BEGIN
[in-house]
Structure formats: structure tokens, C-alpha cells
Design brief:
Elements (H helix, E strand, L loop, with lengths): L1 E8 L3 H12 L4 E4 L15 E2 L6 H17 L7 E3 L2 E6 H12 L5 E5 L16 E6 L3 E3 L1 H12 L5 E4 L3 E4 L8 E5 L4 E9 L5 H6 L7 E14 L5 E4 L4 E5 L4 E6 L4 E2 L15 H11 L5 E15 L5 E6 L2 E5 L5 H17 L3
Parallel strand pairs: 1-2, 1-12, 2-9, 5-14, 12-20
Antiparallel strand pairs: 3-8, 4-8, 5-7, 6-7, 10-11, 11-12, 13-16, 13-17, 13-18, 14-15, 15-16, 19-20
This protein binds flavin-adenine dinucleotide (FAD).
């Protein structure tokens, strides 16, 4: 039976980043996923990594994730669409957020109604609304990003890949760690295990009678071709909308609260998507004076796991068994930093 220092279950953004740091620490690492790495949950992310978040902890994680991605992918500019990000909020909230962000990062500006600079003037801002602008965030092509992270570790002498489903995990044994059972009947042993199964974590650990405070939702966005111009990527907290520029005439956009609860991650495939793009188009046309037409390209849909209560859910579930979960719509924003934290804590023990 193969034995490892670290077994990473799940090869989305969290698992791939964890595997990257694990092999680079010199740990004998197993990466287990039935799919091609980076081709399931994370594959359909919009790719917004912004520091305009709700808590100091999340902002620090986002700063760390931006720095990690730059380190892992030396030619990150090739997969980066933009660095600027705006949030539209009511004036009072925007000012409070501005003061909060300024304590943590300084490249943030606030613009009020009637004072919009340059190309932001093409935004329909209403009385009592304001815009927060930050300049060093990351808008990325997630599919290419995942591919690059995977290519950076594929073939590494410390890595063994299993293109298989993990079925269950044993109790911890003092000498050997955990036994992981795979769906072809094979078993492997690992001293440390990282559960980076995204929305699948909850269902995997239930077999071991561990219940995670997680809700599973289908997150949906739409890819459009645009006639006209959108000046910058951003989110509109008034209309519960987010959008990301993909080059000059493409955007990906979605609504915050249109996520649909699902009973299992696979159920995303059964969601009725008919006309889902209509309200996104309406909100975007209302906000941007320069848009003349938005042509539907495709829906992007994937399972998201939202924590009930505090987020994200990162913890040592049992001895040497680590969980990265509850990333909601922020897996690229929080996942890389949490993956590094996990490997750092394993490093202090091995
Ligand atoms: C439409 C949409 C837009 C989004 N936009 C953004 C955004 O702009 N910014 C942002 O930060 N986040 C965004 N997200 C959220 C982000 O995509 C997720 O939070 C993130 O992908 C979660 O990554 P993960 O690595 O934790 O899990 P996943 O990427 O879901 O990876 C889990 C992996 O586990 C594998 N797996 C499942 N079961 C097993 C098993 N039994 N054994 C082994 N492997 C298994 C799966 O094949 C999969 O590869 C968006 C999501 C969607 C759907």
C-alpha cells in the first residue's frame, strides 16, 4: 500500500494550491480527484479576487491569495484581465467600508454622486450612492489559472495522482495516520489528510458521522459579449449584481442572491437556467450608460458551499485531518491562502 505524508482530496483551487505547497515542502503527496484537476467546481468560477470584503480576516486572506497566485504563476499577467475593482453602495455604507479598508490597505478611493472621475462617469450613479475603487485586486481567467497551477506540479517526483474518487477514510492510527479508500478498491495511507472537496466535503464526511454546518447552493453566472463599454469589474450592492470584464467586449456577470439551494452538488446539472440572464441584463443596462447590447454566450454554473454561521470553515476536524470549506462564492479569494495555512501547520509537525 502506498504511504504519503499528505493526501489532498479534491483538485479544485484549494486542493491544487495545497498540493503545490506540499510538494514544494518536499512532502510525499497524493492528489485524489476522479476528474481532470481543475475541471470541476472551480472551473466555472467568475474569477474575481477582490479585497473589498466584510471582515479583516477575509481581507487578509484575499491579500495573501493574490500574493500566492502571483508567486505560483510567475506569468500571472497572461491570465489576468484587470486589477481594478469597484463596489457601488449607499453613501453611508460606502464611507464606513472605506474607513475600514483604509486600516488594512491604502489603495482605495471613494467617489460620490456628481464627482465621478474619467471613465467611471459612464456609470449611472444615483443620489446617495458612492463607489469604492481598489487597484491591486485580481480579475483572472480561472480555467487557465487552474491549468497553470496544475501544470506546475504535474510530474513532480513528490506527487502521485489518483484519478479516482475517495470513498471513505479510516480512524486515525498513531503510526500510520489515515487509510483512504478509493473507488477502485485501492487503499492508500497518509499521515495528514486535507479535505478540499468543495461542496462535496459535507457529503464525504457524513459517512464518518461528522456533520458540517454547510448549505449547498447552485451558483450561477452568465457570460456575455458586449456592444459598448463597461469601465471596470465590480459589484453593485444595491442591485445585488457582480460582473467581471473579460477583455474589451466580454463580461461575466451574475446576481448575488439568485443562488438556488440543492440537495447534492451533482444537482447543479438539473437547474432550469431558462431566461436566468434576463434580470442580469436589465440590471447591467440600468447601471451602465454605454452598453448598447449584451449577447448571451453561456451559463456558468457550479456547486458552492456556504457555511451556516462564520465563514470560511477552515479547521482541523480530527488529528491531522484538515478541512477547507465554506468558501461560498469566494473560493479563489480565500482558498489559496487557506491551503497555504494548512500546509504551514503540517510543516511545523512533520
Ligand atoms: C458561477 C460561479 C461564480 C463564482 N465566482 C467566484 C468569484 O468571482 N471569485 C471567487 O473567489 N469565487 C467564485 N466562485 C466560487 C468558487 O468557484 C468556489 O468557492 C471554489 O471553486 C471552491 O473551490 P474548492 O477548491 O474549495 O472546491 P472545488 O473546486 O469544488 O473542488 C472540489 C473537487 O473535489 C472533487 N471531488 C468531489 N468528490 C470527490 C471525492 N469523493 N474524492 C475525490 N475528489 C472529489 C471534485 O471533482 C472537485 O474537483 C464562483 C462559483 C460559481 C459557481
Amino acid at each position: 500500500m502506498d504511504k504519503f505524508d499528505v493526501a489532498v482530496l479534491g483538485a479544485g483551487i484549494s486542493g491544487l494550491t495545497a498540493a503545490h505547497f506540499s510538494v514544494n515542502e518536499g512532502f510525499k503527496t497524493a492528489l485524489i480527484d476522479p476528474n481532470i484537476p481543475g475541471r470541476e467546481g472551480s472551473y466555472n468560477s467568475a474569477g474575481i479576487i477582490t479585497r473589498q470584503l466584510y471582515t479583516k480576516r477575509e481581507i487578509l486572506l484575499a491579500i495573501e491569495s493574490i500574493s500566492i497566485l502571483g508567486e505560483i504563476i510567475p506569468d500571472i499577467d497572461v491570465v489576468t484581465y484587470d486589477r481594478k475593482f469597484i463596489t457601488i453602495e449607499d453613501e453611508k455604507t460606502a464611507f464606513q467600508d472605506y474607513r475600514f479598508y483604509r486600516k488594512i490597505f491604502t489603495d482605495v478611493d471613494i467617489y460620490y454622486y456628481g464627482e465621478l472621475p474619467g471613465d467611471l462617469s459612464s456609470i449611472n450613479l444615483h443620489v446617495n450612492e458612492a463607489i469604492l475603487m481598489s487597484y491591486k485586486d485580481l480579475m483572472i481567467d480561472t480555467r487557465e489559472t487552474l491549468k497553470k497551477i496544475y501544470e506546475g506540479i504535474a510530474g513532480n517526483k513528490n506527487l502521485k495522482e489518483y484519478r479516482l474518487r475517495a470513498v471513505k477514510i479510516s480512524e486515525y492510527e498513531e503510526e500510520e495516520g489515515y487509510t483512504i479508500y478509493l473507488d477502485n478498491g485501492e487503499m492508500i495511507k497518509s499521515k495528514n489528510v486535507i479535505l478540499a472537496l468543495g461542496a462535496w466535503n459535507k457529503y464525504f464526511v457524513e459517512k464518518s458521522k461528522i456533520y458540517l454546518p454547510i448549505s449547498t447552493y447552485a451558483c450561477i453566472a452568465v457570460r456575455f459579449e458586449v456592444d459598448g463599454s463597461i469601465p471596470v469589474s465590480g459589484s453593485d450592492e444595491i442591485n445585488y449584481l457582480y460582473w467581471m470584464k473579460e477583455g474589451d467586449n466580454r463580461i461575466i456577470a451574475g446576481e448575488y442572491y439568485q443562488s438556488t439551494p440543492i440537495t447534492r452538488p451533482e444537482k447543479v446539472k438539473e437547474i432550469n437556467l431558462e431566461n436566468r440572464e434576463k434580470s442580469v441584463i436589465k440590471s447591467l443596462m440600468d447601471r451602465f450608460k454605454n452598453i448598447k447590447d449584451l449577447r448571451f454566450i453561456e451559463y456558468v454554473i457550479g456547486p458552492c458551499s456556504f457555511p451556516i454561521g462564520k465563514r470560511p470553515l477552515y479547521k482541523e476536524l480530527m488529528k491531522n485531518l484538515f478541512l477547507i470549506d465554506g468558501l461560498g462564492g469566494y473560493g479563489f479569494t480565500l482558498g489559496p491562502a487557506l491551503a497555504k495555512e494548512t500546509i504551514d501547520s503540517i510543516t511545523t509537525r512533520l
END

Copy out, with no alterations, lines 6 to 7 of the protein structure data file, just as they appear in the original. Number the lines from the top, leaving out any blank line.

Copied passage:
Antiparallel strand pairs: 3-8, 4-8, 5-7, 6-7, 10-11, 11-12, 13-16, 13-17, 13-18, 14-15, 15-16, 19-20
This protein binds flavin-adenine dinucleotide (FAD).